In this photo taken on Friday, Oct. 4, 2019, Laura Codruta Kovesi, Romania's former chief anti-corruption prosecutor who will direct the European Public Prosecutor's Office (EPPO) - tasked with investigating fraud connected to the use of EU funds and other financial crimes, speaks during an interview with the Associated Press, in Bucharest, Romania. For Kovesi, opposition to her successful candidacy to become the European Union’s first chief prosecutor came from a familiar source - her own country’s government. Kovesi spent five years as head of the Romanian Anticorruption Directorate and those indicted by her office included 14 Cabinet members, 53 lawmakers and a member of the European Parliament. (AP Photo/Vadim Ghirda)

EU's Chief Prosecutor Kovesi vows not to bend under pressure

October 08, 2019 - 2:17 am

BUCHAREST, Romania (AP) — For Romania's Laura Codruta Kovesi, opposition to her successful candidacy to become the European Union's first chief prosecutor came from a familiar source — her own country's government.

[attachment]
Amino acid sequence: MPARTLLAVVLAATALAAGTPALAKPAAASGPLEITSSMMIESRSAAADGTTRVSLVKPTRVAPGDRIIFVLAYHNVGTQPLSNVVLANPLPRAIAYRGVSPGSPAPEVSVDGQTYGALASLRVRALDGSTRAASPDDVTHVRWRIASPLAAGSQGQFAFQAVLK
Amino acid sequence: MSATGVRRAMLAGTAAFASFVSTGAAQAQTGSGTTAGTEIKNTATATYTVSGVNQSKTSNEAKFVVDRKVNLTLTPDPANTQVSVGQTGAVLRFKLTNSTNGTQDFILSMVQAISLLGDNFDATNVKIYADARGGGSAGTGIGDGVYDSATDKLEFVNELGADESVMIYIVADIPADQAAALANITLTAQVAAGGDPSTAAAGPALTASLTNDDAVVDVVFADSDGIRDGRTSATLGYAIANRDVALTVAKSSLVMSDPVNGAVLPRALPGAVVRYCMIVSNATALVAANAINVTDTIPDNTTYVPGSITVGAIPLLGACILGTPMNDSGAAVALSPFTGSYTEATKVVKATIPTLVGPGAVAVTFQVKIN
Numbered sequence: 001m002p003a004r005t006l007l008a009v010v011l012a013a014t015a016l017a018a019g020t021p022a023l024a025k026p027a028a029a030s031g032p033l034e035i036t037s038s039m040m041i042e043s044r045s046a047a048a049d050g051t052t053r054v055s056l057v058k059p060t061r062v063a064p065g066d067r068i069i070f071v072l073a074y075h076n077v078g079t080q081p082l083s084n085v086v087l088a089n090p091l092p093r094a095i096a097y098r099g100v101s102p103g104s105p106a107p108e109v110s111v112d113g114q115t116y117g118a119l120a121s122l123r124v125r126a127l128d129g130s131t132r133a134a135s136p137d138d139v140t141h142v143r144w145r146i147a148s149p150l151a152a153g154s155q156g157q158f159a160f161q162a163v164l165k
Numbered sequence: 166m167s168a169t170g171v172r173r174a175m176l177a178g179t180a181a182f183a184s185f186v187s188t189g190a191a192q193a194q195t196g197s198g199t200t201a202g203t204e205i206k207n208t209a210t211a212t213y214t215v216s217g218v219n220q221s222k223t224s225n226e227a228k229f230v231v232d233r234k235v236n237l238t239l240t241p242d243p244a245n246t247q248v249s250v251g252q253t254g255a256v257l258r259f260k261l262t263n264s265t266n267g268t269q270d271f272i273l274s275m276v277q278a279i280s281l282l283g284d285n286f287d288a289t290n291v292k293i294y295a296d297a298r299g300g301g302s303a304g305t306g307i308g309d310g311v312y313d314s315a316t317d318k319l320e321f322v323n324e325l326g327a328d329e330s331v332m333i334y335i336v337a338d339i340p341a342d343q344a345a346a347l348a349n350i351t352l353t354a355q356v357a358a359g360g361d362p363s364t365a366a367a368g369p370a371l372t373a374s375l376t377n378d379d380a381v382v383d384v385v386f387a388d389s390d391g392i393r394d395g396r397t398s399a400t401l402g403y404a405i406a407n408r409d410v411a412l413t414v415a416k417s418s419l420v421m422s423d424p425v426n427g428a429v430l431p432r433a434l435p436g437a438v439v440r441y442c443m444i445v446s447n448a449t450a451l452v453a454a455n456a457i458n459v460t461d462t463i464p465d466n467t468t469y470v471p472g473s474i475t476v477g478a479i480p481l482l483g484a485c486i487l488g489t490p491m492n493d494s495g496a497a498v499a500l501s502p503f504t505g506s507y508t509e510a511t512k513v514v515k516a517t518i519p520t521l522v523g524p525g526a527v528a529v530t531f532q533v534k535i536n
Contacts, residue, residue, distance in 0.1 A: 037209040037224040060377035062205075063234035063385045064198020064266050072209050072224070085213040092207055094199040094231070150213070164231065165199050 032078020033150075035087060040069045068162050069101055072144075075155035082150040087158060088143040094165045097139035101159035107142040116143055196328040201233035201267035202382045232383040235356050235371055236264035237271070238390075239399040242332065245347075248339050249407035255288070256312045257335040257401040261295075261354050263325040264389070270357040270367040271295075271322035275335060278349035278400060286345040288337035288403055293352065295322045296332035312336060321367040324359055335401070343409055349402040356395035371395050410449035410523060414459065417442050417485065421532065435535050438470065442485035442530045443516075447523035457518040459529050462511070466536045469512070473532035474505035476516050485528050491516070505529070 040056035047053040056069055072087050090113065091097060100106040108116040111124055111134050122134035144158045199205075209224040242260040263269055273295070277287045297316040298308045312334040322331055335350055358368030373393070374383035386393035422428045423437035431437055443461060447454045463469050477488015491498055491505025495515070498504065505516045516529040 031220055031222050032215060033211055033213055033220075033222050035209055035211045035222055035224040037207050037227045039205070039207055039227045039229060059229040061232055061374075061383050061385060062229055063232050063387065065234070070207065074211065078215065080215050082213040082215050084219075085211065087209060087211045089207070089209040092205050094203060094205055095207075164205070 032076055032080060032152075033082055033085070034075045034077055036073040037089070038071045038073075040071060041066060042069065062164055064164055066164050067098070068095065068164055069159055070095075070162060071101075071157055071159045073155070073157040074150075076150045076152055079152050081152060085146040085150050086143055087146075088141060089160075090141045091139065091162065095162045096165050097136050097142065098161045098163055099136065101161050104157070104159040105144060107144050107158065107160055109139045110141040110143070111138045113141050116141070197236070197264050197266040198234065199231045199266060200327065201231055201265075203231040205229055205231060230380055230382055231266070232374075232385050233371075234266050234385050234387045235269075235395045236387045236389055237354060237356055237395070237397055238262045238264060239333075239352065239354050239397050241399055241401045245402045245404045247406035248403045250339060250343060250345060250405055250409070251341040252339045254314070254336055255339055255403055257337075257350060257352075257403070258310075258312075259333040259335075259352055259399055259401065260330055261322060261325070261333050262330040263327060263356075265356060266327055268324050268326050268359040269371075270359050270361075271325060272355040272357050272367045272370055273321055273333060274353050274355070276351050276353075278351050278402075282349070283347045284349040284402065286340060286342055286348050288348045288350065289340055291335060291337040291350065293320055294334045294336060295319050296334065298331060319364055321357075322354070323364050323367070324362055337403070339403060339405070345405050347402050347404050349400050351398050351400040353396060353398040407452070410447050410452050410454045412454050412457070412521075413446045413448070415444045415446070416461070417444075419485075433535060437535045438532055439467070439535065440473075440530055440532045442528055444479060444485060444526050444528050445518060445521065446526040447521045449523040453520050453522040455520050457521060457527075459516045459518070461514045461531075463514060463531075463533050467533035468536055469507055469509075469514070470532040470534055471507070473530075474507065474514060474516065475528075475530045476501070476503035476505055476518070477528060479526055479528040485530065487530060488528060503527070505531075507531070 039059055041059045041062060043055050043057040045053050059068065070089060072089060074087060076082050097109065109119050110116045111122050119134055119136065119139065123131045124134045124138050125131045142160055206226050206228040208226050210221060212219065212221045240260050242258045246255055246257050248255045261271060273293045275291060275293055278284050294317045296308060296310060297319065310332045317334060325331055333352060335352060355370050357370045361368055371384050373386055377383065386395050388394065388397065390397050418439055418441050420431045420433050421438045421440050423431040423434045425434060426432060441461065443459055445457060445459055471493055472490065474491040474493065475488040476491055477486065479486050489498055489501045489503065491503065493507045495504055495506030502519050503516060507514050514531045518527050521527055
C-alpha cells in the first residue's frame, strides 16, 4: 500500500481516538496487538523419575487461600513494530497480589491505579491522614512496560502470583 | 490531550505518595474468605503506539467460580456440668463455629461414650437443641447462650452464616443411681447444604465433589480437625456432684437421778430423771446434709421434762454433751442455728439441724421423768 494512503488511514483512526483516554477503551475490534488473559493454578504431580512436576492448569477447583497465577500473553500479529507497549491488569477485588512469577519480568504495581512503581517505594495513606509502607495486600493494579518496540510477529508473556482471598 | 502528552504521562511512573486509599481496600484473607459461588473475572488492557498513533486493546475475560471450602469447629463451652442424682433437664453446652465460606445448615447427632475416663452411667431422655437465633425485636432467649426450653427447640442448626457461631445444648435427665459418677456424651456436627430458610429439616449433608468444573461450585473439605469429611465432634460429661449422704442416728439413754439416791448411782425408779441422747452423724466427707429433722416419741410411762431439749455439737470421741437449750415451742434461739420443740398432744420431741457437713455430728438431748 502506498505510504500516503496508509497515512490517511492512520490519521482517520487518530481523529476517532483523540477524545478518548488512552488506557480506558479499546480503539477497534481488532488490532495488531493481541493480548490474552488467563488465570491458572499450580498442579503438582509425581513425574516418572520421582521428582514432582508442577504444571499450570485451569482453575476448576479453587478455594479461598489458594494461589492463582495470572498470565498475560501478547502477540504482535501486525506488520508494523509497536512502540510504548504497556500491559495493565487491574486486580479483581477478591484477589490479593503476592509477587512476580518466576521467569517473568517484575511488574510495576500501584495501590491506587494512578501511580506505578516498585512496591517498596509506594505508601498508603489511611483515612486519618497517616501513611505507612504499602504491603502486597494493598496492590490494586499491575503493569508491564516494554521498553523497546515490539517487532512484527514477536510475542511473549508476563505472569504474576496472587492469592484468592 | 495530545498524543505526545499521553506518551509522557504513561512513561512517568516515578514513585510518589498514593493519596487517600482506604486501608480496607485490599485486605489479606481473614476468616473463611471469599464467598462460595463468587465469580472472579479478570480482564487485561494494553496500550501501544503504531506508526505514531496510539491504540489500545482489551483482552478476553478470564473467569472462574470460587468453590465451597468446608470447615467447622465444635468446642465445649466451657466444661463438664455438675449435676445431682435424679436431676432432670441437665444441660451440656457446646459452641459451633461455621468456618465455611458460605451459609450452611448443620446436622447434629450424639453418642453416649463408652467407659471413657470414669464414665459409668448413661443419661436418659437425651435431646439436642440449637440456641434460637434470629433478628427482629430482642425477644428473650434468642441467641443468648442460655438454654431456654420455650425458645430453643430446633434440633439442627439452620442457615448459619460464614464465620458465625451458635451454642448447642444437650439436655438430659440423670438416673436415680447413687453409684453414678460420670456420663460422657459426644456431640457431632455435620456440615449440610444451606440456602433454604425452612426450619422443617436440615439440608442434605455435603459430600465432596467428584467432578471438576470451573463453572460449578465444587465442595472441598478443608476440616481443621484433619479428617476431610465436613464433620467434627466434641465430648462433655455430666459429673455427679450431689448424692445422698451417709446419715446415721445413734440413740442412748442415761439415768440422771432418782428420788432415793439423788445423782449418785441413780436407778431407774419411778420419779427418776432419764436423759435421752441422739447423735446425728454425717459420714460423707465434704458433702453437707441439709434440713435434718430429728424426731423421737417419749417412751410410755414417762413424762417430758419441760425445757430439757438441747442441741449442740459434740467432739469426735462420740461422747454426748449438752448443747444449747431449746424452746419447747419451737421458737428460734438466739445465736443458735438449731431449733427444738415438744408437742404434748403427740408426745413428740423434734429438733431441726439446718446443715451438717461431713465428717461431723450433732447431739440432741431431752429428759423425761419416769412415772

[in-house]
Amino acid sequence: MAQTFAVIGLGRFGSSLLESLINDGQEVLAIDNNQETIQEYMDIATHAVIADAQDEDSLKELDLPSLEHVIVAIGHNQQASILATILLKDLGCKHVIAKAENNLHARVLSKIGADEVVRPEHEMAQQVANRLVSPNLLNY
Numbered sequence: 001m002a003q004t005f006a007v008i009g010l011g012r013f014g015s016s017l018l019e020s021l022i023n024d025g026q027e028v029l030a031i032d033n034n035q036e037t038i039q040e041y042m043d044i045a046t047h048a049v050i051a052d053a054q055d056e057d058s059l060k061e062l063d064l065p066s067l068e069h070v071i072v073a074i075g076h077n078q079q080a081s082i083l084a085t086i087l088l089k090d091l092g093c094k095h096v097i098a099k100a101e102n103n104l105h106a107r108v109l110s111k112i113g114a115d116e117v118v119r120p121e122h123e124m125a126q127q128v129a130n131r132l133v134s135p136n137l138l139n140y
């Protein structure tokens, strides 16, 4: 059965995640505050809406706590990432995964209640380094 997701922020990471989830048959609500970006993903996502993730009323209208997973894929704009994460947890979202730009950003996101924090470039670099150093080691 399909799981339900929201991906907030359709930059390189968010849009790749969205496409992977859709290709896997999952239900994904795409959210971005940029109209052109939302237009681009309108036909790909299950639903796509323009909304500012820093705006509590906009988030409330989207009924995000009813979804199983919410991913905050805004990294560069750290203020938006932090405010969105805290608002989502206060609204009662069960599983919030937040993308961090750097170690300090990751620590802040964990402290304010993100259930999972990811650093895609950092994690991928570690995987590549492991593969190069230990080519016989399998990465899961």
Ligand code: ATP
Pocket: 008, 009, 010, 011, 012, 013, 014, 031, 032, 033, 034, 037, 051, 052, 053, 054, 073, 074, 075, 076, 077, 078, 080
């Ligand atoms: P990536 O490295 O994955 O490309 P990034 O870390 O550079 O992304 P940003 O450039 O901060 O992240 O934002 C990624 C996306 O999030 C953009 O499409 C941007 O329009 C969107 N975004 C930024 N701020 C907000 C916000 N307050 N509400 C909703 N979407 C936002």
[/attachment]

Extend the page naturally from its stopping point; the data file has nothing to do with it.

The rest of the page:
Kovesi spent five years as head of the Romanian Anticorruption Directorate and those indicted by her office included 14 Romanian Cabinet members, 53 lawmakers and a member of the European Parliament.

Yet she was removed by Romania's Social Democrat-led government in July 2018. Many believe it was political retaliation for her department's successes.

Kovesi sees her latest accomplishment at the EU as a vote of confidence for prosecutors and judges in Romania.

She tells The Associated Press "I think it's an appreciation for how our justice system fought against corruption, but, more importantly, an appreciation of all Romanians who supported the rule of law and European values."

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